The Coasting Teacher Myth

I should be wise enough not to let my anger rise just because of a mere education blog… I should be..

But this by apparently ‘The most influential  blog on education in the UK’ scratched a tender spot and I have to reply.

How the hell do you coast when you are faced with 30 children whom you have to teach and lead and cajole and re-teach and help and support and scold and listen to? At what time during the lesson are you coasting? Or are you coasting when are marking till late in the evening? Maybe you are taking it easy at the very moment you awake and your first thought of the day is “I haven’t photocopied those resources for lesson 1?” Maybe you are relaxing during the 3 hour “5 minutes an appointment” parents evening you had that started 10 minutes after a full teaching day?

Luckily there is a list in the article showing you how to spot a coasting teacher. Like a David Attenborough documentary we are shown all the characteristics that make up this mythical species. I think I know what these terms mean and so i have rephrased them

 

How to spot a coasting teacher?

  1. They move with all the energy of a stone trough – They are so genuinely full on exhausted you should be grateful they haven’t phoned in sick
  2. They are happy not to fulfill their potential – They are desperately trying to maintain some sort of work life which taking another responsibility with no extra time would destroy
  3. They feel under attack by any new initiative – You should think through your latest management issue and whether the improvement in learning it creates actually balances out the extra work it creates
  4. They see progress as a threat – Define progress
  5. They toe the line but reluctantly – They haven’t the confidence that their head teacher and leadership team will see any questioning of new ideas as anything other than subordination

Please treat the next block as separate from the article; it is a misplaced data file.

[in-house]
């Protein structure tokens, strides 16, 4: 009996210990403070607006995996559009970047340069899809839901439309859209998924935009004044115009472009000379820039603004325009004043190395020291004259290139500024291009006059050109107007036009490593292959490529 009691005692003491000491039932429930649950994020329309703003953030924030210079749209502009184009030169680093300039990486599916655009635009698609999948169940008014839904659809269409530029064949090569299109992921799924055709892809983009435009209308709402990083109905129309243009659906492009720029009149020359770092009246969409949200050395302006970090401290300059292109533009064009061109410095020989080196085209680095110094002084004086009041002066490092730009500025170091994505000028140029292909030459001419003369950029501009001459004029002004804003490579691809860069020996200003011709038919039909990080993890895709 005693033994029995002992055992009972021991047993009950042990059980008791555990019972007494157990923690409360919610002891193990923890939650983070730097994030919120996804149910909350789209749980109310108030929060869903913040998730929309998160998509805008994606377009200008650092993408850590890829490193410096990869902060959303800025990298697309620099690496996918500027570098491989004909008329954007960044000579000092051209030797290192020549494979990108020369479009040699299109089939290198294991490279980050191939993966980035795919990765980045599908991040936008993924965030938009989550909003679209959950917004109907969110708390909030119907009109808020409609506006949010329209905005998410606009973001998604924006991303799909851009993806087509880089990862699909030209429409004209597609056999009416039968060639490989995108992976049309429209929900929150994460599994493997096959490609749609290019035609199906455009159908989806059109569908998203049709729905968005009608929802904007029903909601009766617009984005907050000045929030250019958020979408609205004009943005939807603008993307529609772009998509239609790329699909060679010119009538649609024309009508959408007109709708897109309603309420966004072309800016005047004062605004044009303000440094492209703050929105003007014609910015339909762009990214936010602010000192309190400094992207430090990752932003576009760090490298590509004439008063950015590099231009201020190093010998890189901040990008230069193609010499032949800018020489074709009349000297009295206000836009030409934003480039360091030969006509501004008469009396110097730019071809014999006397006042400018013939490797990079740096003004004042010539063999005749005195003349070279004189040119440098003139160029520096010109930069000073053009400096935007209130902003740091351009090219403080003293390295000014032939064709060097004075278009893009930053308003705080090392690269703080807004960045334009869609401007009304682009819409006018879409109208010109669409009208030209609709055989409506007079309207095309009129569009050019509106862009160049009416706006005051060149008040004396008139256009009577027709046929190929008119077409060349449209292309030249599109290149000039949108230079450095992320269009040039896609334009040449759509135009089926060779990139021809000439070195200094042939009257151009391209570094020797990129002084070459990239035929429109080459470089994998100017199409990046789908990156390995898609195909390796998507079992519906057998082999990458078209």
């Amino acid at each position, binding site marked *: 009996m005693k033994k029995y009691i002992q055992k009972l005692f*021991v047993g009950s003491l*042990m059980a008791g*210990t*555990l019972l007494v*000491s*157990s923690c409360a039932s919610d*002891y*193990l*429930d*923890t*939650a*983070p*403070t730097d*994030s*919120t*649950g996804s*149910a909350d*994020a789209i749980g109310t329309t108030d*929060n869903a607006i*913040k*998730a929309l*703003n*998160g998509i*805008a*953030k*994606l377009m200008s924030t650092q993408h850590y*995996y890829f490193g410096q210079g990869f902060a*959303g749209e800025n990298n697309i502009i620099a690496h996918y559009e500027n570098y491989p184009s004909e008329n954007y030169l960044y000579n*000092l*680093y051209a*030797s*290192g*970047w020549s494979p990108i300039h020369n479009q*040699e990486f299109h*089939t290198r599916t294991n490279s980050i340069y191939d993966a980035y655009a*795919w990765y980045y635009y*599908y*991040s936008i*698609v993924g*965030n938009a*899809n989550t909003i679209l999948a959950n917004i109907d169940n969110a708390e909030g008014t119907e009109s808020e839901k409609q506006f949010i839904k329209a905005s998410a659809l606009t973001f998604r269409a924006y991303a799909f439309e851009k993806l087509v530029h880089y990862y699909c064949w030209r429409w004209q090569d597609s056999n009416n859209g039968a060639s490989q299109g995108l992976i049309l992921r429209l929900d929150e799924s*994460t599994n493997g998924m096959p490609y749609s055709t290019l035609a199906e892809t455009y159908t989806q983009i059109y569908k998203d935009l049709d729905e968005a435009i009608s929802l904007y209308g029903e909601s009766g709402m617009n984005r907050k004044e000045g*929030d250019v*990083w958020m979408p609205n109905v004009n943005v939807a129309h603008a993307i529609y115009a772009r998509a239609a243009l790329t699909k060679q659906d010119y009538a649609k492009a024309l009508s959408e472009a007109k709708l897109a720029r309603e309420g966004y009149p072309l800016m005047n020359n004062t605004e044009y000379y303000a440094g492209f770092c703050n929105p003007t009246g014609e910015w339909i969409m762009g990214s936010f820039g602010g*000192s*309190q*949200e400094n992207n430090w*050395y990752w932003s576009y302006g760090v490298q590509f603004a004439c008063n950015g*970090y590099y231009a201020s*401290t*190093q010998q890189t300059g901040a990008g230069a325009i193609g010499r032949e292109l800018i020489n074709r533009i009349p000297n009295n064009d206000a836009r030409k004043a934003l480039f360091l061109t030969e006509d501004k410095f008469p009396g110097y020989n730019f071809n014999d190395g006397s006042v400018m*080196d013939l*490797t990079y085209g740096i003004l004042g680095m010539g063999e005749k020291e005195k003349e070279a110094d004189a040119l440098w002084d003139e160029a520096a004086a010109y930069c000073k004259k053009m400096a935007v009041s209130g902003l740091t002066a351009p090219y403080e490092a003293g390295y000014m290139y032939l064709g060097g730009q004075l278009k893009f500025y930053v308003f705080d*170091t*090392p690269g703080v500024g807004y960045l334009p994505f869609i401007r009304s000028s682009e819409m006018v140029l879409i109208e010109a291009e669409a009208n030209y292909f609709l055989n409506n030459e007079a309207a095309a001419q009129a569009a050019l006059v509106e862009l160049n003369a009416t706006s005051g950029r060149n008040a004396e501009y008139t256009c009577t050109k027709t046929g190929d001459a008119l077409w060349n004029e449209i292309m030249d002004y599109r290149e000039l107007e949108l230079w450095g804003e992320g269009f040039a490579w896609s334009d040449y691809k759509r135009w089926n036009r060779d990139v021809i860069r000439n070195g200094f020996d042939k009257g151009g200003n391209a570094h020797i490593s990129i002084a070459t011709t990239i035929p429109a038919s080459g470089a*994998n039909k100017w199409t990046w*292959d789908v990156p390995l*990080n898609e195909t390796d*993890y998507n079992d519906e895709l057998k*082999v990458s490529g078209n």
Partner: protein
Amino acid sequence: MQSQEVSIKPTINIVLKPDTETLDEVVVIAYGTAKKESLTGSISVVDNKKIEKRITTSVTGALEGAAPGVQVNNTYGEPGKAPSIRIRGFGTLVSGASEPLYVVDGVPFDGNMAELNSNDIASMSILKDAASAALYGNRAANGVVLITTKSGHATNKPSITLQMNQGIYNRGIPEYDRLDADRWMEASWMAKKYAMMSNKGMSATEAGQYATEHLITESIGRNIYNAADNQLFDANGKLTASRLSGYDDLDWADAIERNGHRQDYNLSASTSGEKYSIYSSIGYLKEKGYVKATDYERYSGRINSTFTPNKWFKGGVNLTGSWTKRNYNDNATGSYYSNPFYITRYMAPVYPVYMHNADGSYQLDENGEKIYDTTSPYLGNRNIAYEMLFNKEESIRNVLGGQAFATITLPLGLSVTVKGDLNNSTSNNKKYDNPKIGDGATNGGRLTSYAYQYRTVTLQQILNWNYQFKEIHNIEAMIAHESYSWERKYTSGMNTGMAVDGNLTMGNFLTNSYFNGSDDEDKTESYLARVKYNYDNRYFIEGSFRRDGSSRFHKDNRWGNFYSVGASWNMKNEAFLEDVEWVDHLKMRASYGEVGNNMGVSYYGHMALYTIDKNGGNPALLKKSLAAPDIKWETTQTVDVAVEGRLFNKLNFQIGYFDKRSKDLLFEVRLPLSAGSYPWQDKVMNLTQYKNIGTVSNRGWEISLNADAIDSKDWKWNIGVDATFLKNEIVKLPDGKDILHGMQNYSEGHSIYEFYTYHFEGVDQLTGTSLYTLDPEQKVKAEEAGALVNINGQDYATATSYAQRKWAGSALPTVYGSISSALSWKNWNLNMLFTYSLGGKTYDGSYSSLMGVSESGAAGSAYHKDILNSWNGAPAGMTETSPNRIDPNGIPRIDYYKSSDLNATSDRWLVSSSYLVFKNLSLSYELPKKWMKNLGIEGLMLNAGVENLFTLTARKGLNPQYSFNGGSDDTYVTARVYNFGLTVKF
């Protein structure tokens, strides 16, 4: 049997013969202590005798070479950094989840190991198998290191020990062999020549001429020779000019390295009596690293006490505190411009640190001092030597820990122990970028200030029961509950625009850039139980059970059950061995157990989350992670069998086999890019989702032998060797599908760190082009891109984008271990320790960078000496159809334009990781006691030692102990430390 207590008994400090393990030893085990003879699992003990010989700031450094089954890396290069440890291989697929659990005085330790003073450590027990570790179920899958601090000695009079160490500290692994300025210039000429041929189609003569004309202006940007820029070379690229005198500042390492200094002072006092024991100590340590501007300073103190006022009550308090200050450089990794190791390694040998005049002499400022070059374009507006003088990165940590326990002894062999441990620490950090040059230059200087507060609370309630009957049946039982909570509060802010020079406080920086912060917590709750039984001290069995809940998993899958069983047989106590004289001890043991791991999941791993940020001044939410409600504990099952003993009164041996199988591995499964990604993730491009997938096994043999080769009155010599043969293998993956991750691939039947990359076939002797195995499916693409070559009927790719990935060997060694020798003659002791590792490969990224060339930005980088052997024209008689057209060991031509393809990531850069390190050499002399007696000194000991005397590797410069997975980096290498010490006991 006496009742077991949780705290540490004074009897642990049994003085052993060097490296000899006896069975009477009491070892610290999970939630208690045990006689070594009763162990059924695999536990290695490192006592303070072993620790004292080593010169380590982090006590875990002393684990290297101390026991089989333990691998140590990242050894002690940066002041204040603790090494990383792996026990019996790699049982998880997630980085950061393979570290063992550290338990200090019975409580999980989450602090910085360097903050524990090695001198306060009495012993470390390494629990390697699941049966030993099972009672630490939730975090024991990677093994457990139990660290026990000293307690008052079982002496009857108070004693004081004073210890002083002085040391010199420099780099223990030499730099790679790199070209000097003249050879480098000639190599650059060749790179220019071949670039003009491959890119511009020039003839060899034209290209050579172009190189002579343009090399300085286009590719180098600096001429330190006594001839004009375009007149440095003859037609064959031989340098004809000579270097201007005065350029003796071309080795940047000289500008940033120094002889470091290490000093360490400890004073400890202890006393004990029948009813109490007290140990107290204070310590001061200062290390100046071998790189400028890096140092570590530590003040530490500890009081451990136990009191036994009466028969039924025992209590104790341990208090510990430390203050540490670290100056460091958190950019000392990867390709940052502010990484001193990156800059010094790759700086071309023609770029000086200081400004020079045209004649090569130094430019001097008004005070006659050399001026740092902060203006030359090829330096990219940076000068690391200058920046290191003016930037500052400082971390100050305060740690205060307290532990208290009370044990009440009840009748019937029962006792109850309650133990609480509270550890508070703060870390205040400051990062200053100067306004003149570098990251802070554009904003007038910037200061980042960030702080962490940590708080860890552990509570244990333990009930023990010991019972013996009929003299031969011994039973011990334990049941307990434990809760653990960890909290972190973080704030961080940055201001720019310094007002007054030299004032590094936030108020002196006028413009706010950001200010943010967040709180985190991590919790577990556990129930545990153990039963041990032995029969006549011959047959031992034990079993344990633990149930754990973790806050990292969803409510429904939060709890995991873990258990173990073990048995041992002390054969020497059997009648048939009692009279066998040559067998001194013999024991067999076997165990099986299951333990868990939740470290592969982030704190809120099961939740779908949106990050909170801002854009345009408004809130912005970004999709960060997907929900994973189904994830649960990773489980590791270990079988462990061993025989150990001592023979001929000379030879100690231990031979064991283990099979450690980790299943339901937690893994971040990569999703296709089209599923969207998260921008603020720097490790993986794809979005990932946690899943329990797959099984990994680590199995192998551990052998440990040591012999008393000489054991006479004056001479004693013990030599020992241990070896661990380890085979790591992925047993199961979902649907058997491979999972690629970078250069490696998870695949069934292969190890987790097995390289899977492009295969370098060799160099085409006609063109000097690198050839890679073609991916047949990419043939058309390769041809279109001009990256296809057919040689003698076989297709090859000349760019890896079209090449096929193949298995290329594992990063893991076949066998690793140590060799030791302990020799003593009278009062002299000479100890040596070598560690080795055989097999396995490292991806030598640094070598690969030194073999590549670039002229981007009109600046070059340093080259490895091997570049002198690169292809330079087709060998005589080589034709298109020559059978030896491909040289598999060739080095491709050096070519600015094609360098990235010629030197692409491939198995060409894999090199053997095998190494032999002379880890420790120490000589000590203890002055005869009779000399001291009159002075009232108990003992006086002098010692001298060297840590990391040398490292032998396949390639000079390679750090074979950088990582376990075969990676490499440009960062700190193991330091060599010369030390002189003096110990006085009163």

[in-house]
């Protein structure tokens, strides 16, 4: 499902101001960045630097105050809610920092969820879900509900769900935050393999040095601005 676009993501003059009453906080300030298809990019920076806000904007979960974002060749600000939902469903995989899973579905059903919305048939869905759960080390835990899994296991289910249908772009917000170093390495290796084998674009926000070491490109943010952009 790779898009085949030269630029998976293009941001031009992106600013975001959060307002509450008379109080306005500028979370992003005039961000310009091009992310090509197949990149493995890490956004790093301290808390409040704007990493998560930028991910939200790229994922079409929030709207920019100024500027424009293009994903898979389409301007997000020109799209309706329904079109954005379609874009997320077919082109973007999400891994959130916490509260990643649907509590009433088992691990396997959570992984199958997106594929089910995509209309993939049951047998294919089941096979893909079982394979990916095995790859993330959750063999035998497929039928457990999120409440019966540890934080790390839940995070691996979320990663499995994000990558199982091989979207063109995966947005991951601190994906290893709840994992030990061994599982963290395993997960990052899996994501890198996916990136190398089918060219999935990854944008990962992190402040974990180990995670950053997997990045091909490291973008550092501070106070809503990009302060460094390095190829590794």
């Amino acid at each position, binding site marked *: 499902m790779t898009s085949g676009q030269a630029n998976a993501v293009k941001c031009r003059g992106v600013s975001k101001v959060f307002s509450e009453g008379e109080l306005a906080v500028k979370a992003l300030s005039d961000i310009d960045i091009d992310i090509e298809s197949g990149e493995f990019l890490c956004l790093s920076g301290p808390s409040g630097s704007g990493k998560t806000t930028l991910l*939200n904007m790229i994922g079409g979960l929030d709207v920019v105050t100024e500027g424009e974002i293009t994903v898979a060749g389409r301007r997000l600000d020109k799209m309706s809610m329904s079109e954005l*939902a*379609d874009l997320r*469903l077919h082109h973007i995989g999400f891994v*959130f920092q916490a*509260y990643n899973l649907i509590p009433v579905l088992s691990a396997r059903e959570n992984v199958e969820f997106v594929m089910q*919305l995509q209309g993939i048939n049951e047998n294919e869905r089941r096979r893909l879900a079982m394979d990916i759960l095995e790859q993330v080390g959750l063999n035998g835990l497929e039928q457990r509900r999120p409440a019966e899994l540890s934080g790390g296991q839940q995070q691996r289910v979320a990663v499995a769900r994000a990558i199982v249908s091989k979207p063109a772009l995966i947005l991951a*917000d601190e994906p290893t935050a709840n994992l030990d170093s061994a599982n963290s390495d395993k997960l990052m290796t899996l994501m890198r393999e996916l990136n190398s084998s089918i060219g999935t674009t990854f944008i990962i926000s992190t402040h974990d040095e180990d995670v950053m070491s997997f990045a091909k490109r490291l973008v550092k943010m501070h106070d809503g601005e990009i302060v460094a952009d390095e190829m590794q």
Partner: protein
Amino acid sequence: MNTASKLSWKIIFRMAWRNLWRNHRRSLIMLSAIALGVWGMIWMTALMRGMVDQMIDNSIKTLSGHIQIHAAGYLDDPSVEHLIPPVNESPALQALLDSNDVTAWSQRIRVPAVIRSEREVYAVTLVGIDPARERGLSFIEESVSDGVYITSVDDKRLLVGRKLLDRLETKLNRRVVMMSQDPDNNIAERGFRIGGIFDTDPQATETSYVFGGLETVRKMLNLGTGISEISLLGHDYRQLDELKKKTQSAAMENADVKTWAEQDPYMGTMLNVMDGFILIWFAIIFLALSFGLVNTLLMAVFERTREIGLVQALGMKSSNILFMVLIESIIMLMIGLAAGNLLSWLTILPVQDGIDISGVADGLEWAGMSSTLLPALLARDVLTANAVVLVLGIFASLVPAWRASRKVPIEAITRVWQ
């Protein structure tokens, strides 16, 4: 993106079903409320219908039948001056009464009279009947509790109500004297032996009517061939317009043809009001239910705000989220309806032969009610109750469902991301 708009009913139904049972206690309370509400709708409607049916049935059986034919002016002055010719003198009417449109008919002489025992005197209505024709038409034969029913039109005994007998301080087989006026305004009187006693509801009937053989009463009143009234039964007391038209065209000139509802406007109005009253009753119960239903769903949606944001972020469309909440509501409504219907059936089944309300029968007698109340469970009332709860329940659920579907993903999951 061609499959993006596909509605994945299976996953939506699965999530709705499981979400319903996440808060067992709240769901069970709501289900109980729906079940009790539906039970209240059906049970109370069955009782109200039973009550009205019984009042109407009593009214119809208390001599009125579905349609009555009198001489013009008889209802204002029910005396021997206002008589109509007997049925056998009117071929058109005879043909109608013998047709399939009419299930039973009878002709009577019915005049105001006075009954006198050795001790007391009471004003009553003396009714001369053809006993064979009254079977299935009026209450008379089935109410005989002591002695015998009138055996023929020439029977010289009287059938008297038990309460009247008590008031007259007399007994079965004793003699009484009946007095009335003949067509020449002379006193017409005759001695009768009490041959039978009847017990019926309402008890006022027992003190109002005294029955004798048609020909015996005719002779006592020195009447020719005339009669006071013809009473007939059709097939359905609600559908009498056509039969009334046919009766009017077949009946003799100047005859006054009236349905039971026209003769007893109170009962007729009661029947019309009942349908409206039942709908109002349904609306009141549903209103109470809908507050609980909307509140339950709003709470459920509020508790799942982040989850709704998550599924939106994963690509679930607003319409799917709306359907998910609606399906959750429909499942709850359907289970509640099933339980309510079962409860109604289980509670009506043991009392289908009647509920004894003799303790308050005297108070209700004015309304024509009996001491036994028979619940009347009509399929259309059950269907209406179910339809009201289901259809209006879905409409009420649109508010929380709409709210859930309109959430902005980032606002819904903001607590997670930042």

6. They have a closed-door policy – Your observation policy is threatening not supportive. Sort it out
  7. They spread negativity like Japanese knot-weed – Because they lack the confidence to speak to you (see 5) they talk to other teachers about changes to their work day. Its what people do in the staff room.
  8. They say ‘full circle’, ‘when I qualified we …’ and ‘mark my words’ – They have built up years of experience in the classroom (maybe more than the leadership team) you should value this.
  9. They pride themselves on being dinosaurs. They know that how things were done ‘back then’ still has some relevance and you shouldn’t throw all past knowledge out for the latest fad some new assistant head teacher has just introduced to the school at the least training day.
  10. They have a sour face. WHICH IS CAUSED AS YOU DONT APPRECIATE HOW HARD THEY ARE WORKING AND HOW WELL THEY ARE DOING THEIR JOB DESPITE ALL THE CONSTANT CHANGES AND SCRUTINY YOU APPLY TO THEIR DAILY WORKING LIFE

 

Sorry for the red font and the block capitals. but sometimes their symbolism is apt

Finally, I have written this myself and not paid someone else to write my own posts for me on my own blog 😉

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3 thoughts on “The Coasting Teacher Myth

  1. Target well-struck!
    “Good morning, Pooh Bear,” said Eeyore gloomily. “If it is a good morning,” he said. “Which I doubt,” said he.
    Being grumpy is profoundly satisfying.
    Now, relax.

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